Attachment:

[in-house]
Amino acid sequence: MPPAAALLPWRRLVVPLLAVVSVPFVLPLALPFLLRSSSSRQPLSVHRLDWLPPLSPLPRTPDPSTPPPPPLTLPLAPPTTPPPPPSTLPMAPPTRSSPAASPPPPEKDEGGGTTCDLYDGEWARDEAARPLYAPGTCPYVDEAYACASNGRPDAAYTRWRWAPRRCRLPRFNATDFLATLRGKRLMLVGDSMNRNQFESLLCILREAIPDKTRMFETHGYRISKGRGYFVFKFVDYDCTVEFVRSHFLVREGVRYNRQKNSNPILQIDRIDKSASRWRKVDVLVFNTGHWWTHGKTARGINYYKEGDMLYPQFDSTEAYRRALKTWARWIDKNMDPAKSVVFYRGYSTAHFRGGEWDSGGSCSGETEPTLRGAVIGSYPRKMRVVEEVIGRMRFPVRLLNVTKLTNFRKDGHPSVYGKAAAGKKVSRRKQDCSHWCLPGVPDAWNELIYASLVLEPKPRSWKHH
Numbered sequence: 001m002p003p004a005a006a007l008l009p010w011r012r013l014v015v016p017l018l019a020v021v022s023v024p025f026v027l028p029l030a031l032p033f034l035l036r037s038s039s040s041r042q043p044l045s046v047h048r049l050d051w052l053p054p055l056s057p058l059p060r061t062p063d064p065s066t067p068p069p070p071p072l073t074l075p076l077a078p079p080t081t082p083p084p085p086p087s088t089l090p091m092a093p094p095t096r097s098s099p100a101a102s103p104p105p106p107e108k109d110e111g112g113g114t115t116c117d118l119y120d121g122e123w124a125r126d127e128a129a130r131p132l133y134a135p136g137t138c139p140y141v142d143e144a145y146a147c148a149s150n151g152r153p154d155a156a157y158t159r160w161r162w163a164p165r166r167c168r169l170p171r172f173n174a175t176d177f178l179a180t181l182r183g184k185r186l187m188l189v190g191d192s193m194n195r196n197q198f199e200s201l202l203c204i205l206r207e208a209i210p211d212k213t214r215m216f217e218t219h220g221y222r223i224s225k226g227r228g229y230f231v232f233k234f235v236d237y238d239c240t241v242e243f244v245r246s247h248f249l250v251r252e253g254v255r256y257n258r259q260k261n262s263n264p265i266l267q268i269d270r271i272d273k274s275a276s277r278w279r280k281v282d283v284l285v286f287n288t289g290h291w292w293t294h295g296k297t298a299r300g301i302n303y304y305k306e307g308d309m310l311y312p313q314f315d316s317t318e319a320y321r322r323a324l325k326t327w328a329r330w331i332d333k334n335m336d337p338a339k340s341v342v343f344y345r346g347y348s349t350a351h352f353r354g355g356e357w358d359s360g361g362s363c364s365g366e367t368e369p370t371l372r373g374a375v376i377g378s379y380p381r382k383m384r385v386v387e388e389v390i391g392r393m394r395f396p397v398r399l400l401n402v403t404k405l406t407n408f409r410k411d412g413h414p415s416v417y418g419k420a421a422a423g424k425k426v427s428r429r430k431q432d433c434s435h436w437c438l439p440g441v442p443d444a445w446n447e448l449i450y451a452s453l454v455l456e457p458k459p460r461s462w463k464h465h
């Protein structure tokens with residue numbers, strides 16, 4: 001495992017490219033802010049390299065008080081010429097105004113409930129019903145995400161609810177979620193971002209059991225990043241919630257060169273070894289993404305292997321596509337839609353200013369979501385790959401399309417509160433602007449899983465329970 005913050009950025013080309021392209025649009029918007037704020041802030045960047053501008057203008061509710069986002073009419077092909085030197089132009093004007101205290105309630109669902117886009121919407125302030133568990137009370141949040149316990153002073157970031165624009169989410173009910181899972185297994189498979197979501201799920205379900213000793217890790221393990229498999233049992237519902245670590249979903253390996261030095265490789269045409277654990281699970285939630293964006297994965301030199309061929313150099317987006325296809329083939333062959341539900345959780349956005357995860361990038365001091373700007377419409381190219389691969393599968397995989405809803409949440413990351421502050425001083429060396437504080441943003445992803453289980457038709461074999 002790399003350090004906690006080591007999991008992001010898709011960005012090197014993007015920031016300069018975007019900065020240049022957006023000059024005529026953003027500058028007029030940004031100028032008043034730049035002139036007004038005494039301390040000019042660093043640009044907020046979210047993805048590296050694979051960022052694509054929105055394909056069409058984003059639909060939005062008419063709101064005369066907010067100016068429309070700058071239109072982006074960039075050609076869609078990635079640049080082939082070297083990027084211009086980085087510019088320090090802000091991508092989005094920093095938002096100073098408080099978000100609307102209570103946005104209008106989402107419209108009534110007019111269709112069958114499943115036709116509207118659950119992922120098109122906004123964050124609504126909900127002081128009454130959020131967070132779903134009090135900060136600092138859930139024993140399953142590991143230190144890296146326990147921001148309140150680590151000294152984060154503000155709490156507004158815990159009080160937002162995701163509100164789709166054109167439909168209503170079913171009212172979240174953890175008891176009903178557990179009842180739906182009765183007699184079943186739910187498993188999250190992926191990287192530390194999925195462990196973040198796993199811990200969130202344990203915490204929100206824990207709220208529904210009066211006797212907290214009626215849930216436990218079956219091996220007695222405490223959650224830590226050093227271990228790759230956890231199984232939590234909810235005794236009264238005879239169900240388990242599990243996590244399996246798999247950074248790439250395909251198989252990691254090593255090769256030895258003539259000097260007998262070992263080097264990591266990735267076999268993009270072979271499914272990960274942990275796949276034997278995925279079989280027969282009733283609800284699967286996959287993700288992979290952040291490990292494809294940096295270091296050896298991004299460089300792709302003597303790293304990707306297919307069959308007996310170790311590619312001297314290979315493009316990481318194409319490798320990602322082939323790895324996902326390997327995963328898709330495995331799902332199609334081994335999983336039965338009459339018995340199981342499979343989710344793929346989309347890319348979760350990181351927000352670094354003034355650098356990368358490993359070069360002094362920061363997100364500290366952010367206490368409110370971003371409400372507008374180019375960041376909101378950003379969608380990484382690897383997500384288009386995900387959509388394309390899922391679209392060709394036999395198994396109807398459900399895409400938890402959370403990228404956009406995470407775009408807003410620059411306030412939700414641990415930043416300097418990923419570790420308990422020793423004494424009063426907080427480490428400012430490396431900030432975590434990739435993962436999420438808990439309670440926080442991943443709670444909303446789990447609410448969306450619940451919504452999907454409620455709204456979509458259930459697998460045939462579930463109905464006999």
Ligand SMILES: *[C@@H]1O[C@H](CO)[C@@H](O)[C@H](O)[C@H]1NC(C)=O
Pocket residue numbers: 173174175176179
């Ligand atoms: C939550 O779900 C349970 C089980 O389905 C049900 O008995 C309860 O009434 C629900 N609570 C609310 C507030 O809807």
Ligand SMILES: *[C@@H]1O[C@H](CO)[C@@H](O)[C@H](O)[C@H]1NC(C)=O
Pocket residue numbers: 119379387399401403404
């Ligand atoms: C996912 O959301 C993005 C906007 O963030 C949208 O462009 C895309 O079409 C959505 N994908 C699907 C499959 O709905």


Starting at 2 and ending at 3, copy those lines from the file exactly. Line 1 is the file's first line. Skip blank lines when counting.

Amino acid sequence: MPPAAALLPWRRLVVPLLAVVSVPFVLPLALPFLLRSSSSRQPLSVHRLDWLPPLSPLPRTPDPSTPPPPPLTLPLAPPTTPPPPPSTLPMAPPTRSSPAASPPPPEKDEGGGTTCDLYDGEWARDEAARPLYAPGTCPYVDEAYACASNGRPDAAYTRWRWAPRRCRLPRFNATDFLATLRGKRLMLVGDSMNRNQFESLLCILREAIPDKTRMFETHGYRISKGRGYFVFKFVDYDCTVEFVRSHFLVREGVRYNRQKNSNPILQIDRIDKSASRWRKVDVLVFNTGHWWTHGKTARGINYYKEGDMLYPQFDSTEAYRRALKTWARWIDKNMDPAKSVVFYRGYSTAHFRGGEWDSGGSCSGETEPTLRGAVIGSYPRKMRVVEEVIGRMRFPVRLLNVTKLTNFRKDGHPSVYGKAAAGKKVSRRKQDCSHWCLPGVPDAWNELIYASLVLEPKPRSWKHH
Numbered sequence: 001m002p003p004a005a006a007l008l009p010w011r012r013l014v015v016p017l018l019a020v021v022s023v024p025f026v027l028p029l030a031l032p033f034l035l036r037s038s039s040s041r042q043p044l045s046v047h048r049l050d051w052l053p054p055l056s057p058l059p060r061t062p063d064p065s066t067p068p069p070p071p072l073t074l075p076l077a078p079p080t081t082p083p084p085p086p087s088t089l090p091m092a093p094p095t096r097s098s099p100a101a102s103p104p105p106p107e108k109d110e111g112g113g114t115t116c117d118l119y120d121g122e123w124a125r126d127e128a129a130r131p132l133y134a135p136g137t138c139p140y141v142d143e144a145y146a147c148a149s150n151g152r153p154d155a156a157y158t159r160w161r162w163a164p165r166r167c168r169l170p171r172f173n174a175t176d177f178l179a180t181l182r183g184k185r186l187m188l189v190g191d192s193m194n195r196n197q198f199e200s201l202l203c204i205l206r207e208a209i210p211d212k213t214r215m216f217e218t219h220g221y222r223i224s225k226g227r228g229y230f231v232f233k234f235v236d237y238d239c240t241v242e243f244v245r246s247h248f249l250v251r252e253g254v255r256y257n258r259q260k261n262s263n264p265i266l267q268i269d270r271i272d273k274s275a276s277r278w279r280k281v282d283v284l285v286f287n288t289g290h291w292w293t294h295g296k297t298a299r300g301i302n303y304y305k306e307g308d309m310l311y312p313q314f315d316s317t318e319a320y321r322r323a324l325k326t327w328a329r330w331i332d333k334n335m336d337p338a339k340s341v342v343f344y345r346g347y348s349t350a351h352f353r354g355g356e357w358d359s360g361g362s363c364s365g366e367t368e369p370t371l372r373g374a375v376i377g378s379y380p381r382k383m384r385v386v387e388e389v390i391g392r393m394r395f396p397v398r399l400l401n402v403t404k405l406t407n408f409r410k411d412g413h414p415s416v417y418g419k420a421a422a423g424k425k426v427s428r429r430k431q432d433c434s435h436w437c438l439p440g441v442p443d444a445w446n447e448l449i450y451a452s453l454v455l456e457p458k459p460r461s462w463k464h465h